All companies hate to lose contracts, especially when it is not their fault, but it is hard to exaggerate the level of anger that this particular row has stirred up in the business community. Sir Ralph Robins, chairman of Rolls-Royce, and many other leading British businessmen, are hopping mad about it. Even if the allegations were true, they insist, a responsible national press with the interests of British jobs and business at heart, would not have aired them. Well, perhaps, perhaps not. Certainly the view that the proper function of the press is to help British companies sell their goods overseas is plainly nonsense. Sir Ralph and others are not going to forgive the press easily, however. A relationship long characterised by mutual suspicion has been made worse, to the detriment of both sides.Reuse content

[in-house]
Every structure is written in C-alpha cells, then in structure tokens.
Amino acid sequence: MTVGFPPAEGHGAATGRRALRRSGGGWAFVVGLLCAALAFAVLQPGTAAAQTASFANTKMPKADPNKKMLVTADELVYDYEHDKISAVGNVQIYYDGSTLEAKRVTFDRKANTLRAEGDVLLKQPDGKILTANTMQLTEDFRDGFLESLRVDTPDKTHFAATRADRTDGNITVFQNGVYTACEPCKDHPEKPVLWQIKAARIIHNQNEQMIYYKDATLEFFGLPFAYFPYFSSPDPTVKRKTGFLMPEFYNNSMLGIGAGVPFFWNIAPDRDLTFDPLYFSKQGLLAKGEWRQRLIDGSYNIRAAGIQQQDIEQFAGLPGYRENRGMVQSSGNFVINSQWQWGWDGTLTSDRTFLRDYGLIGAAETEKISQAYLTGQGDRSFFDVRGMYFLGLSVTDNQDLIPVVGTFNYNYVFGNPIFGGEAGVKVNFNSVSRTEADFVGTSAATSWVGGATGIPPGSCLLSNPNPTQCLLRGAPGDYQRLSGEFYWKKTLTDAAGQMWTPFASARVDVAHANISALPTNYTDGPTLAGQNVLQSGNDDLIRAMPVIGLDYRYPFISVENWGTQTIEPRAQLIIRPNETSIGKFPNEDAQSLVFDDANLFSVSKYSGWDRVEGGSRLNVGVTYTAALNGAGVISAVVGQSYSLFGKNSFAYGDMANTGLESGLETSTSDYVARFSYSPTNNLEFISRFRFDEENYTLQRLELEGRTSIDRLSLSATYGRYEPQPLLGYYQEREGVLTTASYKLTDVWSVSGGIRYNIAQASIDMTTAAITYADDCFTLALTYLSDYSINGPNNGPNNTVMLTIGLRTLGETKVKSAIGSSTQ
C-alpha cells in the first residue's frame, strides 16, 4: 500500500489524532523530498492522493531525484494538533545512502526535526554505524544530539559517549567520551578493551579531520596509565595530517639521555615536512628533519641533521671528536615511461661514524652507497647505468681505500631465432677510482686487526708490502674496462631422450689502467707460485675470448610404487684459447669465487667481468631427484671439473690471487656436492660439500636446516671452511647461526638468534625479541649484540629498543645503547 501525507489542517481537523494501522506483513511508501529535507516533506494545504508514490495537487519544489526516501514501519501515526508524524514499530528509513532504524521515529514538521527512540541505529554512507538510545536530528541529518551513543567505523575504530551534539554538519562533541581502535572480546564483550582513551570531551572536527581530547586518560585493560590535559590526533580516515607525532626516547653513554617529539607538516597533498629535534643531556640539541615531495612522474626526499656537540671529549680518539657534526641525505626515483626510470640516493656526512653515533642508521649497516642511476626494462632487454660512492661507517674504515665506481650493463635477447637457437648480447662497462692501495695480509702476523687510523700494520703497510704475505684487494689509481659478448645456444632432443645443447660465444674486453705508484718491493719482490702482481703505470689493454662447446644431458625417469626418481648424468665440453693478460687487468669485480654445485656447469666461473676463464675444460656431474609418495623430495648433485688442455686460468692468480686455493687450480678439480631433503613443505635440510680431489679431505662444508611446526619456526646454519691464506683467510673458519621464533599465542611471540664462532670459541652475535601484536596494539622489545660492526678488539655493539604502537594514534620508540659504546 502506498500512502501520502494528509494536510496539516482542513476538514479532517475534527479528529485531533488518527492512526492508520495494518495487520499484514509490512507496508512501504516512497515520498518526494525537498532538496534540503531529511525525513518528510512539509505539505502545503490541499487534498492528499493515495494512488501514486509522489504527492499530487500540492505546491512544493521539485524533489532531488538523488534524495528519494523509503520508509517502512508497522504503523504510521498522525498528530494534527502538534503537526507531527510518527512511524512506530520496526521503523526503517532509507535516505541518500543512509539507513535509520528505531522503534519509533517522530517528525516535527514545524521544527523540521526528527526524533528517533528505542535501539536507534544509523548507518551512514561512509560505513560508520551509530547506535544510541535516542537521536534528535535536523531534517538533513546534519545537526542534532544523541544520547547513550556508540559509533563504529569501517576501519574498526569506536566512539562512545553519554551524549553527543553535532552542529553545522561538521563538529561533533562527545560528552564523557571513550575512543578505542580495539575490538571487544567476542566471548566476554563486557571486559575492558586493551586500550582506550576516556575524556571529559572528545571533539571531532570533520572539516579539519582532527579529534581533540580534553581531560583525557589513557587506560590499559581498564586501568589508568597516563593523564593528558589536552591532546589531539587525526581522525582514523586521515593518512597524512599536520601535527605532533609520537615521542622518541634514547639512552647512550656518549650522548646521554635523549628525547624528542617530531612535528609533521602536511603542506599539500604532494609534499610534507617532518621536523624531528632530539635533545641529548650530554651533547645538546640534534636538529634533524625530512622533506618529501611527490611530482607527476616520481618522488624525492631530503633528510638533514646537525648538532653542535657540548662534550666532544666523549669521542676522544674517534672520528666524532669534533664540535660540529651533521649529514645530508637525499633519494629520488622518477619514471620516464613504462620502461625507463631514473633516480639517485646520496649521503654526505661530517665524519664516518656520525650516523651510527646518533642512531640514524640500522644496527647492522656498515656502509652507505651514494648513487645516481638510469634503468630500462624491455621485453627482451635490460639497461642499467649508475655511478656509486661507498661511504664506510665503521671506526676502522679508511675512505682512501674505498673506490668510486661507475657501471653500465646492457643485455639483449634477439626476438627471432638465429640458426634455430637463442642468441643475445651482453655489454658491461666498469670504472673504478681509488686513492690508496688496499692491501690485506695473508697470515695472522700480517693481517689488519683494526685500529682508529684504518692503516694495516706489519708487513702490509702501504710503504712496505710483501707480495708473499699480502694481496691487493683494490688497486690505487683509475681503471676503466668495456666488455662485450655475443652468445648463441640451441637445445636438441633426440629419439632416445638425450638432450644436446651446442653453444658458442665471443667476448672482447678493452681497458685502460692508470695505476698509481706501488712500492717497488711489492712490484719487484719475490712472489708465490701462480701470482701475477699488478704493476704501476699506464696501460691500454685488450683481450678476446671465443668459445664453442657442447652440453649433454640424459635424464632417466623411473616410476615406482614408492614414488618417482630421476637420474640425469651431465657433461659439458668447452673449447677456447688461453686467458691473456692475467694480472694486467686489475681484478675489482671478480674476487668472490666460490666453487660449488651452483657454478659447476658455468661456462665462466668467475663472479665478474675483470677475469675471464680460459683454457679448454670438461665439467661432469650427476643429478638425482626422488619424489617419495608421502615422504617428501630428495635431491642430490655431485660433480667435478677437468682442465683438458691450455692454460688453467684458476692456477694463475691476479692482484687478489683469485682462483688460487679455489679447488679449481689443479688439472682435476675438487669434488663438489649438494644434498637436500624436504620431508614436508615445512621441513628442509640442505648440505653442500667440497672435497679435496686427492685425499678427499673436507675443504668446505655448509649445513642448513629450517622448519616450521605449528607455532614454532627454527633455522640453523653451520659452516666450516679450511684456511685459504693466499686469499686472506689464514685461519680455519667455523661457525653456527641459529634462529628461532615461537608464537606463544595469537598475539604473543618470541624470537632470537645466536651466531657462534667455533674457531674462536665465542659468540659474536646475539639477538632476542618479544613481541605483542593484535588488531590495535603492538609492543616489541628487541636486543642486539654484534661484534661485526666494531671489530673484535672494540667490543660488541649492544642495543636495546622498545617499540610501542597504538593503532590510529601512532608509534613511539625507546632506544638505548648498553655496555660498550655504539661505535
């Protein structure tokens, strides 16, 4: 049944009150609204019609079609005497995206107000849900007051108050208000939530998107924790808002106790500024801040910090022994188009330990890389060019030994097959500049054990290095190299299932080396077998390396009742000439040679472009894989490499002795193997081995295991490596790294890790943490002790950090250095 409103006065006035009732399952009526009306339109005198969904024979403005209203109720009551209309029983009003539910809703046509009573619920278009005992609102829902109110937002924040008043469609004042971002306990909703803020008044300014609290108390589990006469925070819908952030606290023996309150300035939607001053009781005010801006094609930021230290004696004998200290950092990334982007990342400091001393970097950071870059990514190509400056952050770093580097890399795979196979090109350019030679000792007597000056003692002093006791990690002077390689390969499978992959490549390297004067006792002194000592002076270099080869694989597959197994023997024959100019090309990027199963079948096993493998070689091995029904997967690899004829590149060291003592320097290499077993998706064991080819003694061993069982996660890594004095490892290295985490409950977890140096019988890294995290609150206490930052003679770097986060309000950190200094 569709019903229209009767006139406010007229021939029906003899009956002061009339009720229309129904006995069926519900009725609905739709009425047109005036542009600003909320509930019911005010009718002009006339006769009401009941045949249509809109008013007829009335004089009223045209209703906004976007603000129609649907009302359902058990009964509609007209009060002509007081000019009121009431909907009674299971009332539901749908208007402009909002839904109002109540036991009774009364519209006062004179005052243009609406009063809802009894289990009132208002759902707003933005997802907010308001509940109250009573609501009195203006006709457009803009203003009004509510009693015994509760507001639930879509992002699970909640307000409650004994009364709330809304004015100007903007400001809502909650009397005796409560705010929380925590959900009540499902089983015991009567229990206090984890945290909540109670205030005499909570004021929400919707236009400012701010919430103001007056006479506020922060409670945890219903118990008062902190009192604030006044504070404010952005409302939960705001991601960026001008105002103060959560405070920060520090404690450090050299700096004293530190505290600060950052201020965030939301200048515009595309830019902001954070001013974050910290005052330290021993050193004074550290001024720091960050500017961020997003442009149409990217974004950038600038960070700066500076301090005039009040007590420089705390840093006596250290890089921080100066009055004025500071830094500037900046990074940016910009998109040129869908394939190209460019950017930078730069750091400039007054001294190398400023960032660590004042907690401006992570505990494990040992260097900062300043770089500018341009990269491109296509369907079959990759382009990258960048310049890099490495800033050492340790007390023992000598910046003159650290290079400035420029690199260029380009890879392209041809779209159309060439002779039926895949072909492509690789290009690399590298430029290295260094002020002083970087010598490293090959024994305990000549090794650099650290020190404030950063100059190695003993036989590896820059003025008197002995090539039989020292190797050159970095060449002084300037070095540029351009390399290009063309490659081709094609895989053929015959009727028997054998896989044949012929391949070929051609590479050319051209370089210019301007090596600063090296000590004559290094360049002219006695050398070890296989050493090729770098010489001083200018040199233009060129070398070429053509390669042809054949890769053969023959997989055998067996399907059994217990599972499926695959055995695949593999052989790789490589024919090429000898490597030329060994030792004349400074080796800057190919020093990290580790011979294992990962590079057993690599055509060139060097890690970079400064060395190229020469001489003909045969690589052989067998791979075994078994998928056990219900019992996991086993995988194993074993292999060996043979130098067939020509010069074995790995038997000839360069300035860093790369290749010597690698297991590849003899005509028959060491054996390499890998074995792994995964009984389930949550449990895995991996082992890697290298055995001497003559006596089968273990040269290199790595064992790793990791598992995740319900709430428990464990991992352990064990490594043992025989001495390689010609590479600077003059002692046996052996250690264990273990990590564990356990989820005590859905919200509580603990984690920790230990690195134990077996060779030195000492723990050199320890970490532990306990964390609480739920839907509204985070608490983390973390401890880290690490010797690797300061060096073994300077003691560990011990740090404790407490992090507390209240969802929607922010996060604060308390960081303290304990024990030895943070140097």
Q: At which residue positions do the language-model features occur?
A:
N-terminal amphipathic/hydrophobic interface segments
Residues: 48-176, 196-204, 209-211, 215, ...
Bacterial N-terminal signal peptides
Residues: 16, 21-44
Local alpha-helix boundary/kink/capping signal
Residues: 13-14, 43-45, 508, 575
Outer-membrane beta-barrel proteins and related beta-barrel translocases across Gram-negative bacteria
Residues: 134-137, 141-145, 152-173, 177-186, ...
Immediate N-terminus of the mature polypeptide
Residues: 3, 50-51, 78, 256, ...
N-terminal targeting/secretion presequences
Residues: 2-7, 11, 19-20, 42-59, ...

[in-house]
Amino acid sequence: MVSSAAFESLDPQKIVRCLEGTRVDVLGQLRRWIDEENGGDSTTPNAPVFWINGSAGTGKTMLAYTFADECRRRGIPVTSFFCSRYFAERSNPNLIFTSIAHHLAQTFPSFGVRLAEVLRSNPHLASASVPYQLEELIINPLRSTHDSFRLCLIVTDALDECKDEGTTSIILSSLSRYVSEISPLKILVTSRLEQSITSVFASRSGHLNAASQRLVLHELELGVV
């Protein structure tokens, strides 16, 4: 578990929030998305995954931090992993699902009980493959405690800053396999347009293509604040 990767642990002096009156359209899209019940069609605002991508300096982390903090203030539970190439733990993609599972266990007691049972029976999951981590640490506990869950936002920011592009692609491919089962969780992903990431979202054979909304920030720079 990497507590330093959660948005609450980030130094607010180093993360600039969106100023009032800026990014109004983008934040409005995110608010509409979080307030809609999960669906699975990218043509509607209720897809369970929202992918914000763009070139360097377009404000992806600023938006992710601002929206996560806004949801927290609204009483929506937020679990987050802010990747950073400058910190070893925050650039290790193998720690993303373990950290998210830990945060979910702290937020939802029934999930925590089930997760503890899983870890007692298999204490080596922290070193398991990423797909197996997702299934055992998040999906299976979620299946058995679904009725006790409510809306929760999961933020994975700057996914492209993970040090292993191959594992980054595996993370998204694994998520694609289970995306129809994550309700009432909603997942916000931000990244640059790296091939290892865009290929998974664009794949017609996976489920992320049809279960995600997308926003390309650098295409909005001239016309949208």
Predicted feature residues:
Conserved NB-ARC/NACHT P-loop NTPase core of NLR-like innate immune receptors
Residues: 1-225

Prospects for British business in Malaysia do not seem to have improved since Andrew Neil, editor of the Sunday Times, was exiled to New York. The row rumbles on judging by comments made yesterday by Jamaluddin Jarjis, chief executive of EPE Power. Mr Jarjis was quoted as saying that as far as he was concerned his company's joint venture with Rolls- Royce to build 10 high-voltage power substations was suspended as long as British newspapers 'continued to be irresponsible in reporting lies about Prime Minister Mahathir'.